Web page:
My Parents Have a High Income But Struggling Under the Parent PLUS Payments


Dear Steve,

When going to school for my undergraduate degree, I was denied any federal aid or grants because of my parents’ income being too high. However, they were (and still are) in an extreme amount of debt and were extremely close to losing their house and declaring bankruptcy.

Because of this, I was forced to take out the maximum federal loans I could, but this didn’t even come close to paying for my schooling. My parents were forced to take out PLUS loans to cover the rest and as a result have about $90,000 in PLUS loans.

They are unable to make the payments for these loans along with their other debts. I know income-based plans are an option, but since they still have a higher income, I am afraid 20% of that will still be too much for them to pay.

They spoke to someone about getting their payments lowered, but in that case they would be paying on them for 30 years and would be in their 90s by the time they would be paid off. Are there any options for them in this case? If they did declare bankruptcy, would these loans be “forgiven”?

How can my parents, who have higher incomes but massive amounts of debt, get out of their PLUS loan debt?



Dear Bailey,

Thank you for asking me for help.

There is certainly no magic wand in this situation. But there are options.

It is true that your parents are eligible for the Income Contingent Repayment (ICR) program. This program has monthly payments that are higher than other income driven repayment programs.

The ICR program runs a maximum of 25 years but when your parents retire, or their income changes, they can ask to have their payment adjusted.

Depending on how close they are to retirement now, one option might be to put the loans forbearance if they are scheduled to retire in the next few years. While this would increase the overall balance, it would help them to make it over the hurdle to lower income and a lower payment.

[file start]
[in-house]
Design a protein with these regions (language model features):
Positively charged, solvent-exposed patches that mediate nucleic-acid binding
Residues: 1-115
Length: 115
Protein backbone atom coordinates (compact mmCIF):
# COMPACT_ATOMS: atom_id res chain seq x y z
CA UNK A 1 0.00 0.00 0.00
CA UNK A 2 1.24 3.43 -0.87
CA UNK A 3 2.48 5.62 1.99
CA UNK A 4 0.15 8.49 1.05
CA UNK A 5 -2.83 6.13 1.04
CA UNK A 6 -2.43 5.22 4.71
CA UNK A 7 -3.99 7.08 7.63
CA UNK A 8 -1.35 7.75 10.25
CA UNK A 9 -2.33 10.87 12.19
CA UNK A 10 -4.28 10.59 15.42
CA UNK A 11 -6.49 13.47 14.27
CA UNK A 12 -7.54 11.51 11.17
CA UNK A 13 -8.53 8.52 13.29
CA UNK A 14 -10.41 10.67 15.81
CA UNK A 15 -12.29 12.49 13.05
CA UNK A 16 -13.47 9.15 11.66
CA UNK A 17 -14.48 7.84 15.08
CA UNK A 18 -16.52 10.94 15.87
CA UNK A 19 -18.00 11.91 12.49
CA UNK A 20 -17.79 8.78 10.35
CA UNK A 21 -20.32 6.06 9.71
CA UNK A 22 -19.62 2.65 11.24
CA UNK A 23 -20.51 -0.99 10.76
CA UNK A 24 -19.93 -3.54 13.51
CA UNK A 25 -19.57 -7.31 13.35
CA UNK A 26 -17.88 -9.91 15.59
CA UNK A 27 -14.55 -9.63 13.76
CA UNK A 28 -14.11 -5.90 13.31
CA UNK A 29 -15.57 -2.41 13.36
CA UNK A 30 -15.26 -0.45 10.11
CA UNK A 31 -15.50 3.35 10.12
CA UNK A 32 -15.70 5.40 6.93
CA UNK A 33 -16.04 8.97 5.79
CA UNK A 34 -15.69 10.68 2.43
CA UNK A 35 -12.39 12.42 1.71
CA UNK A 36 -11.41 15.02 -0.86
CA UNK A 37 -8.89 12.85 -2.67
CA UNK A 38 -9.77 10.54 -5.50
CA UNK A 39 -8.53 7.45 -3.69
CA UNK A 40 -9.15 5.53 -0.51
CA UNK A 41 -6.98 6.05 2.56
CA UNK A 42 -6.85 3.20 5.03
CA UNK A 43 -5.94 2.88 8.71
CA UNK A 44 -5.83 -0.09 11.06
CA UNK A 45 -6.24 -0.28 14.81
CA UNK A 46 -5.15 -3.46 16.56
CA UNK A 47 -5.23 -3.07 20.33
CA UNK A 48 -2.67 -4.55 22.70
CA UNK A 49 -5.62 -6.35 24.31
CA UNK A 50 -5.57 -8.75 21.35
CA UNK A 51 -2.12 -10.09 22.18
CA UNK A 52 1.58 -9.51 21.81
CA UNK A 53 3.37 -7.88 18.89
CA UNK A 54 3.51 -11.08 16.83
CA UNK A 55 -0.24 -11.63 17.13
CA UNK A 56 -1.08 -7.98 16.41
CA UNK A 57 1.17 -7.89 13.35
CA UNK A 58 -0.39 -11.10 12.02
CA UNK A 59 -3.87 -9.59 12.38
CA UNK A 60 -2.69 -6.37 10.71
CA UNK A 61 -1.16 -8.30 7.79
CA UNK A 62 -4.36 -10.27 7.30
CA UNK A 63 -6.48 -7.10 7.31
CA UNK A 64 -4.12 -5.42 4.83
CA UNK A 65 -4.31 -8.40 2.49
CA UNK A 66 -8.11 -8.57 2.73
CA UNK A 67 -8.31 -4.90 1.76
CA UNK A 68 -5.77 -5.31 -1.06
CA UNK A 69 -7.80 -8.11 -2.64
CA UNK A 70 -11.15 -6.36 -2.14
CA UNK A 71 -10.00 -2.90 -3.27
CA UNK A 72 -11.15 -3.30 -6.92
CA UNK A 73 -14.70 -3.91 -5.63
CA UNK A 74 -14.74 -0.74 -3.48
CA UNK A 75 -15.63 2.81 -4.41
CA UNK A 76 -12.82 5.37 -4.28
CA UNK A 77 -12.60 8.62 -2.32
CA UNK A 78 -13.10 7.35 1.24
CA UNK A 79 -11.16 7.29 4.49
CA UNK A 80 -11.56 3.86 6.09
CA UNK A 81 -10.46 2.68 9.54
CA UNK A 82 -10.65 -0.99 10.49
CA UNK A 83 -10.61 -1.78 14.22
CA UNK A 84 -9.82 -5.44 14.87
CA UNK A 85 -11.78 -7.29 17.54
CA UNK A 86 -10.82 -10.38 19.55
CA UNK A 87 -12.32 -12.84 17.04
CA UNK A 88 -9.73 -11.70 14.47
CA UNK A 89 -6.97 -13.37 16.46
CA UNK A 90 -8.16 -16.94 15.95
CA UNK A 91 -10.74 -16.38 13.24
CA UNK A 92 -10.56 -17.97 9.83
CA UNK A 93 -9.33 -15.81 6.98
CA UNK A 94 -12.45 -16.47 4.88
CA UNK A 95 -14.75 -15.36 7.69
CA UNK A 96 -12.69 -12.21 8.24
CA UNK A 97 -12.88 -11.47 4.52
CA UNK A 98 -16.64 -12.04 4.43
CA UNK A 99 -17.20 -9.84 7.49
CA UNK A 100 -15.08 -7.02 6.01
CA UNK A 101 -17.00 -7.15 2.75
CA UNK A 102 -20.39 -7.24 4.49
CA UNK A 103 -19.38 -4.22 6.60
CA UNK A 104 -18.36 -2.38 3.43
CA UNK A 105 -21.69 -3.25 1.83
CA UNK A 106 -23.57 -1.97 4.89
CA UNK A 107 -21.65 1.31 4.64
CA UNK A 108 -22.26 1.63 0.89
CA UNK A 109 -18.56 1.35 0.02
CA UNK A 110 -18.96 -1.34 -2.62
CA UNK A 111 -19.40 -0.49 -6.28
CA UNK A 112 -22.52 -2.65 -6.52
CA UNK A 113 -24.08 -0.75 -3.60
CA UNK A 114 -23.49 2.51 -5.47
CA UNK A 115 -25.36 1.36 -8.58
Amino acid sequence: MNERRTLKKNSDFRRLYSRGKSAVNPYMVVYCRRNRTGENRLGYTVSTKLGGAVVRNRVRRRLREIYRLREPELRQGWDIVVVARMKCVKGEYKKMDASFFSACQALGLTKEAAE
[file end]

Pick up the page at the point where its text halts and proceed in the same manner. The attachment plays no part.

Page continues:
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Of course another option would be fore them to get going on the ICR now and you can help them make the payment if that’s an option.

Not only is the ICR option a higher payment but it extends for a longer period of time than the student income Based Repayment (IBR) plan.

To be eligible for the ICR option, your parents would have to consolidate their Parent PLUS loans into a new Direct Loan. There is no fee for doing this.

For more information on the ICR, click here.

[documentcloud url=”http://www.documentcloud.org/documents/2983512-Income-Driven-Repayment.html” sidebar=false text=false]

The loans could be potentially forgiven in bankruptcy if your parents could prove that even after the ICR program that the repayment created an undue hardship and they were just barely scraping by. Then of course there is also this guidance from the Department of Education.

One thing to consider as you explain this situation to others is the issue of anyone being “forced” to take out the loans. There can’t be any “force” involved when the other option was to not take them out and select a different path.

If there is anything your parents are a victim of here it is the terms and conditions they agreed to when they took out the loans and they are lucky these are federal loans with options rather than private student loans with no repayment alternatives.

The reality is that because of their financial situation they probably should consider filing bankruptcy, get the fresh start the law allows them, and get themselves in a position to do better moving forward.

With their other debt, even the ICR will create a difficult obstacle because the payment makes no allowance for other type of debt just because it is unaffordable. Their ICR payment will be based on 20 percent of their discretionary income which is defined as “the difference between your income and 100 percent of the poverty guideline for your family size and state of residence. The poverty guidelines are maintained by the U.S. Department of Health and Human Services and are available at www.aspe.hhs.gov/poverty.”

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Steve Rhode is the Get Out of Debt Guy and has been helping good people with bad debt problems since 1994. You can learn more about Steve, here.
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